Transnational Drug Crime and Terrorism can be effectively tackled only by working together: FS

A field of opium poppies in Burma.
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Finance Secretary Shri R.S. Gujral has said that only by working together can we effectively tackle transnational drug crime and terrorism. Countries have to co-operate more closely with one another, by sharing intelligence, watching for international fugitives and conducting joint enforcement actions. He was delivering the key-note address at the inauguration of Thirty Fifth meeting of Heads of National Drug Law Enforcement Agencies, Asia & the Pacific (HONLEA) at Agra today.

The Finance Secretary said that the HONLEA has been meeting every year to examine issues which are facing all nations and the necessity of these meetings is underlined by the fact that today we all live in a globalised world. He stated that globalisation has brought untold benefits to countries worldwide but it has also created some difficult challenges. Crime too has become global and criminals can move around more easily and run transnational operations, he said. Shri Gujral said that they often direct crime from offshore bases and using modern communications tools, criminals can freely exchange information, coordinate their operations, even share “best crime practices”. Terrorism, drug trafficking, human trafficking, and cybercrime are all global in scale and transnational in nature. The same modern day technologies and techniques that improve our lives are as easily applied to more sinister ends, he said.

He stated that to deal with new crimes and more sophisticated criminals, it is necessary, but not sufficient, for drug law enforcement authorities to also become smarter and better equipped. Law enforcement officers must also learn about the latest technologies; understand how they might be abused by criminals, as well as how they could be deployed to enhance investigative work to always stay one step ahead of criminals.

Addressing the gathering, Shri Gujral stated that they were gathered there at a time of reports of increase in area under opium cultivation in Afghanistan. These developments have critical implications for the long term security of our region and of the world, for economies of our countries and the well-being of our people.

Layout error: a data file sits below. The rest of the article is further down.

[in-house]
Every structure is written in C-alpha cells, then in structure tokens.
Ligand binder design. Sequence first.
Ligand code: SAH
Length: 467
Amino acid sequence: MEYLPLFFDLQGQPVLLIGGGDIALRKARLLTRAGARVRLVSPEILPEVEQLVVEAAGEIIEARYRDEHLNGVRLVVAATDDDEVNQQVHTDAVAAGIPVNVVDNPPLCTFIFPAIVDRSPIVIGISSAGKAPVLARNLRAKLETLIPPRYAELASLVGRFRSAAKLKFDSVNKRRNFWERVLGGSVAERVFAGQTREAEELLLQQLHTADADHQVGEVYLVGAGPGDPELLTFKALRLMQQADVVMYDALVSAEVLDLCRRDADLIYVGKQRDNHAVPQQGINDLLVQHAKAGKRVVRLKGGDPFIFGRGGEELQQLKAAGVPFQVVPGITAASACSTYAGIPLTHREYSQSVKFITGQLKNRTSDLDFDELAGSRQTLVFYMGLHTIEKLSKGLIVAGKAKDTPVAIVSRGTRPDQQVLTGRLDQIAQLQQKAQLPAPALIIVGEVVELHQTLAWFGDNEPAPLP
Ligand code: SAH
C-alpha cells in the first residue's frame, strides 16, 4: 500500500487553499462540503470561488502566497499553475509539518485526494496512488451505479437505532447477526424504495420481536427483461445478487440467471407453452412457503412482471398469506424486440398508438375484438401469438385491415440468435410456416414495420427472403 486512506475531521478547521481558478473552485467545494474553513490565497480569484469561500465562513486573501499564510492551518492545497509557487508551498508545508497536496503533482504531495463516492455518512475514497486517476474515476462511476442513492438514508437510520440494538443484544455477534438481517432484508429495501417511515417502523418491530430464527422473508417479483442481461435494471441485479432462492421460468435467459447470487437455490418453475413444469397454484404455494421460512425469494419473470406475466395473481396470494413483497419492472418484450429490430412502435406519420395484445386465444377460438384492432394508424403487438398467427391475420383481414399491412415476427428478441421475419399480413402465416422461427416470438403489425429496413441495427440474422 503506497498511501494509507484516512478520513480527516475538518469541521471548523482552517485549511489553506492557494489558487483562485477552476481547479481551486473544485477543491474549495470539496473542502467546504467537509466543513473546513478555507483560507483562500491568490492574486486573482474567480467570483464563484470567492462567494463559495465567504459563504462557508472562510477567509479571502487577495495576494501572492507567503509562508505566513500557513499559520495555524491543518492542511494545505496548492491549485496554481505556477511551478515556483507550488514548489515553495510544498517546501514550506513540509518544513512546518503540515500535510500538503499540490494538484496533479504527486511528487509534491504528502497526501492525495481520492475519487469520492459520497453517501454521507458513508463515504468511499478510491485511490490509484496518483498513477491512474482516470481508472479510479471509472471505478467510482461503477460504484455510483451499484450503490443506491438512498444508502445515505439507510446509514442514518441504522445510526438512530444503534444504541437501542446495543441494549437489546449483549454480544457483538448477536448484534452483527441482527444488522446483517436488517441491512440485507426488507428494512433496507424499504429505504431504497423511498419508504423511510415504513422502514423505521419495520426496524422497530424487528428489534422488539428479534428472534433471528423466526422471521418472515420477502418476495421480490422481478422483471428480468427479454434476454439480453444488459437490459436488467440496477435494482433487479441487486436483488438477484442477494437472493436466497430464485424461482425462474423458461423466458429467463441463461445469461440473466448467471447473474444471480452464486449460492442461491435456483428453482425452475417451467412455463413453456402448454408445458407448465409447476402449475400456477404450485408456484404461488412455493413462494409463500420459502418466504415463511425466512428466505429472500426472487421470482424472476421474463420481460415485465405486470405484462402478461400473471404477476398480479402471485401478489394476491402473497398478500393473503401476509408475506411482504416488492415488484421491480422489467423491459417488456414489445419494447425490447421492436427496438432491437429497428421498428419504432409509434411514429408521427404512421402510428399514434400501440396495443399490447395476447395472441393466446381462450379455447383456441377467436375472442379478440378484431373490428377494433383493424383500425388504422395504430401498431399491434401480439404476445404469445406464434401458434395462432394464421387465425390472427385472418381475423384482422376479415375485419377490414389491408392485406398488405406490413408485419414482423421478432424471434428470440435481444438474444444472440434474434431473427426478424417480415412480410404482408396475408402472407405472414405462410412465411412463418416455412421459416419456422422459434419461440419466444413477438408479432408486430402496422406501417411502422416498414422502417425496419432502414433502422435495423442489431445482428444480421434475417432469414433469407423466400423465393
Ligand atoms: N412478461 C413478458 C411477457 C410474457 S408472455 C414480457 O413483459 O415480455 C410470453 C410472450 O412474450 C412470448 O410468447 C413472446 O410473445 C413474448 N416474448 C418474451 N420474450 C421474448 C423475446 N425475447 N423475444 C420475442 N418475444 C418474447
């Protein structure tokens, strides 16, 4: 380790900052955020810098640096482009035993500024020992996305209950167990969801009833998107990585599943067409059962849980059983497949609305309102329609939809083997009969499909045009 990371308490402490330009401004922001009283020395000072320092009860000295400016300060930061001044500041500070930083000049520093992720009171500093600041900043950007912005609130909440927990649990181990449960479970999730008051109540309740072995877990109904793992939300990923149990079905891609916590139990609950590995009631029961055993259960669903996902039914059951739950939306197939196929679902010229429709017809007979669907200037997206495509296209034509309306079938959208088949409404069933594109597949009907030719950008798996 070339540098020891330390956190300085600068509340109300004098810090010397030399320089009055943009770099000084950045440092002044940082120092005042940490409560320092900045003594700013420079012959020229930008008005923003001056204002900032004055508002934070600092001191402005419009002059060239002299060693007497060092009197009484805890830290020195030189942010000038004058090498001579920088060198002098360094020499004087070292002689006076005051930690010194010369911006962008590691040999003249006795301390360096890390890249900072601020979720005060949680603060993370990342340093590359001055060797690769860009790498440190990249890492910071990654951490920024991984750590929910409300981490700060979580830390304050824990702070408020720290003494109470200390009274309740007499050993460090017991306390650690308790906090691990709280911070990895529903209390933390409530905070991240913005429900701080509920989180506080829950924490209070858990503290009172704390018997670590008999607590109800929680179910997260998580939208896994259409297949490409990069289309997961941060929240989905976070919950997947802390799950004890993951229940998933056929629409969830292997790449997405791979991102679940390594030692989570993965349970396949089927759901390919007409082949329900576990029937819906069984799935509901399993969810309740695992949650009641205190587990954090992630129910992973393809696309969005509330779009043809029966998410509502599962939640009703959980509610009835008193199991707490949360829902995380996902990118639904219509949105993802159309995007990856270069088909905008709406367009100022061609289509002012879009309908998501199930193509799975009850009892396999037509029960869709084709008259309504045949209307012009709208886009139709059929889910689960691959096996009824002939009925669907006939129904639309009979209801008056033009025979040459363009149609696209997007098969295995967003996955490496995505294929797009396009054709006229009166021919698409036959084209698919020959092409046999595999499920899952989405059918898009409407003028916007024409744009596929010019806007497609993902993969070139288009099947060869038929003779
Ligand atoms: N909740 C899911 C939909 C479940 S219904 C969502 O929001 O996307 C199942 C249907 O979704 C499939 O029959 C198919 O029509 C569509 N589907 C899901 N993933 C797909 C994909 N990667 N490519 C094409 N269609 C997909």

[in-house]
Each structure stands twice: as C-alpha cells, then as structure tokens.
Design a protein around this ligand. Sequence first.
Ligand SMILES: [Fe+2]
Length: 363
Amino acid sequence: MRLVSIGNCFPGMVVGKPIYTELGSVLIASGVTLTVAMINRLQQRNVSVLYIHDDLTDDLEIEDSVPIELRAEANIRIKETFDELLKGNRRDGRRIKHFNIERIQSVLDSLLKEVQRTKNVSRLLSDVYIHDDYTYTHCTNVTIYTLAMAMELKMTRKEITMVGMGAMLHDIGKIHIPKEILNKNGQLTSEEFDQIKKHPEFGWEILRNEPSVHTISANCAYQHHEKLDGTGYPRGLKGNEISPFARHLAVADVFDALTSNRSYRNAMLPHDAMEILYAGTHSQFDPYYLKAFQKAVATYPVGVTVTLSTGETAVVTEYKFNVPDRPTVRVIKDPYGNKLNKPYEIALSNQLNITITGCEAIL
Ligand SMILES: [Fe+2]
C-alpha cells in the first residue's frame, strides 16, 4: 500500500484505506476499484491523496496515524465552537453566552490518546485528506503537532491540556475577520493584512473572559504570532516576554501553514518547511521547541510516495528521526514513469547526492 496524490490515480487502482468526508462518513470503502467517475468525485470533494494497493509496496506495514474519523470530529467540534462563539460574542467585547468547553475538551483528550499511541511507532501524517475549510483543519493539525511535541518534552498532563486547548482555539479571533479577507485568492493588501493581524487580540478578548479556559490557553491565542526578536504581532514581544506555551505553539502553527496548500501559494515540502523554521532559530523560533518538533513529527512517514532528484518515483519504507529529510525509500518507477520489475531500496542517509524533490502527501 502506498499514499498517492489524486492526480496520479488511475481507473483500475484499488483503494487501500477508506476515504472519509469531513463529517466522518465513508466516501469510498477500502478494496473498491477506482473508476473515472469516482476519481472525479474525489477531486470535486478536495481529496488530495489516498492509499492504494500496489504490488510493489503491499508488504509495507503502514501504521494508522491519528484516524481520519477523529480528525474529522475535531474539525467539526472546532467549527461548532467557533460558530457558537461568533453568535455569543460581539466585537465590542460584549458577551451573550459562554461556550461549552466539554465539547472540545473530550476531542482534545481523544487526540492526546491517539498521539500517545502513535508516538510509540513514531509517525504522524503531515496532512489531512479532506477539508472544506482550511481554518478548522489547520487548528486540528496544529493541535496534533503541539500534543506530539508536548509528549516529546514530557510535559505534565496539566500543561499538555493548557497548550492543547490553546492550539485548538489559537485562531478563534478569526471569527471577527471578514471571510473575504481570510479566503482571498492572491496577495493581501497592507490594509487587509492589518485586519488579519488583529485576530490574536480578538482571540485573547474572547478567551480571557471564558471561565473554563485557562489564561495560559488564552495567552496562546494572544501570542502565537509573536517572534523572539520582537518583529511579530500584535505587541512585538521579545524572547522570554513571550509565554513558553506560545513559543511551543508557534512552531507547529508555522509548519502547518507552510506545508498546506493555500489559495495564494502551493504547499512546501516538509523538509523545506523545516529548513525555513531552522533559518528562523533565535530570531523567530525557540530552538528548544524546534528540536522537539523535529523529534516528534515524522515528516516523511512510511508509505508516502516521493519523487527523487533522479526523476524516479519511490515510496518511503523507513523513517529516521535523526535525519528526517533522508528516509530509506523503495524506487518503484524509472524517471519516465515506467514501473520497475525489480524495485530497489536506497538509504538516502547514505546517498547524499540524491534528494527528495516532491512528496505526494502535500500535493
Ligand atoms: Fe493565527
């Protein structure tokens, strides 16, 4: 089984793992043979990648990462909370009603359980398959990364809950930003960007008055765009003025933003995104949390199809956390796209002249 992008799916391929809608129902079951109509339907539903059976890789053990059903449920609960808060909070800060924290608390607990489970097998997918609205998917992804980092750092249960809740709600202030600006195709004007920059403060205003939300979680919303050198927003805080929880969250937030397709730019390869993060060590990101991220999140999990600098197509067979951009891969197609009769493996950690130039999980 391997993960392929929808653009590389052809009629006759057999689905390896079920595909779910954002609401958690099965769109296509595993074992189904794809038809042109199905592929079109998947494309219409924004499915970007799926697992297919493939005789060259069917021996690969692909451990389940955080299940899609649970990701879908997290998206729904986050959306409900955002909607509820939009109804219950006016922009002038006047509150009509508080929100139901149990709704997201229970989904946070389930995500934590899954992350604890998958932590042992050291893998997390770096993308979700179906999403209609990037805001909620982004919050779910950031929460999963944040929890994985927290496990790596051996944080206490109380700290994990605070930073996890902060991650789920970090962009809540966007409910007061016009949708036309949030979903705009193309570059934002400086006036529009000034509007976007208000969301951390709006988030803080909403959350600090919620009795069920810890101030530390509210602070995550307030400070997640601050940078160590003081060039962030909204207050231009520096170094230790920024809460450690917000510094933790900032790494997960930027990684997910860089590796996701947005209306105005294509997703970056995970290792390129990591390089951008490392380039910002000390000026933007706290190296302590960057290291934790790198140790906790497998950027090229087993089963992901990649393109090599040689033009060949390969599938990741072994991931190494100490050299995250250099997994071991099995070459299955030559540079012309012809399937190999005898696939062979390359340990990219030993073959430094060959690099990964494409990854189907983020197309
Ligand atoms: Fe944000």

The Finance Secretary said that during recent years, routes from producing areas have multiplied, modes of transportation have diversified and several countries have become transit zones. Powerful networks of traffickers are seriously threatening the stability of several countries, he said. Shri Gujral stated that the drug problem is of great concern not only because it involves illegal actions/activities but also because it has implications on health and society. Particular attention needs to be paid to strengthen actions on prevention and treatment of heroin abuse, he said.

Shri Gujral reaffirmed India’s commitment to fight drug trafficking and its proliferation at the cost of the health and safety of the global community. He said that India has been working consistently to strengthen its legal framework in compliance with international standards set by the United Nations Convention against Transnational crime and the international drug control conventions. The Narcotics Drugs and Psychotropic Substances Act 1985 is a comprehensive legislation which covers financial investigation and forfeiture of drug related assets. India is a signatory to 1961, 1971 and 1988 UN conventions and is participating in the project for Strengthening Drug Law enforcement capacities in South Asia. The UNODC Computer Based Training Module is being used in law enforcement academies for capacity building of drug law enforcement officials.

The Finance Secretary said that India is a producer of precursor chemicals and has stringent control over precursor chemicals. Precursors are controlled under three different Acts namely the NDPS Act, 1985, the Customs Act, 1962 and the Foreign Trade Development & Regulation Act, 1992). Movement of precursor chemicals in India is controlled at two ways. For external movements, India adheres strictly to the Pre Export Notification (PEN) regime. For internal movements, controls are made under the provisions of national legislation i.e. Regulation to Controlled Substances Order 1993. India has also formulated Voluntary Code of Conduct to the manufactures of precursor chemicals which are being followed strictly, he said.

The Finance Secrertary stated that the further tightening of control over precursor chemicals is under consideration of the Government. He said that the 35th session is going to review the implementation of the recommendations made by 33rd HONLEA Asia & the Pacific. From this HONLEA, he said, he looked forward to the ideas of the participants of the meeting on how to play a role in the containing the problems of drug abuse and drug trafficking.

In his concluding remarks he urged the gathering to continue to identify areas where we can enhance regional drug law enforcement cooperation highlight new initiatives and best law enforcement practices and promote modern rights-based and evidence-based law enforcement approaches as well as practical procedures to combat illicit drug trafficking and cross-border crime. Finally he said that they must use this HONLEA meeting to build upon the achievements of international drug control which we have achieved so far.

Heads of National Drug Enforcement Agencies from 28 countries and representatives of international organizations were present at the meeting.



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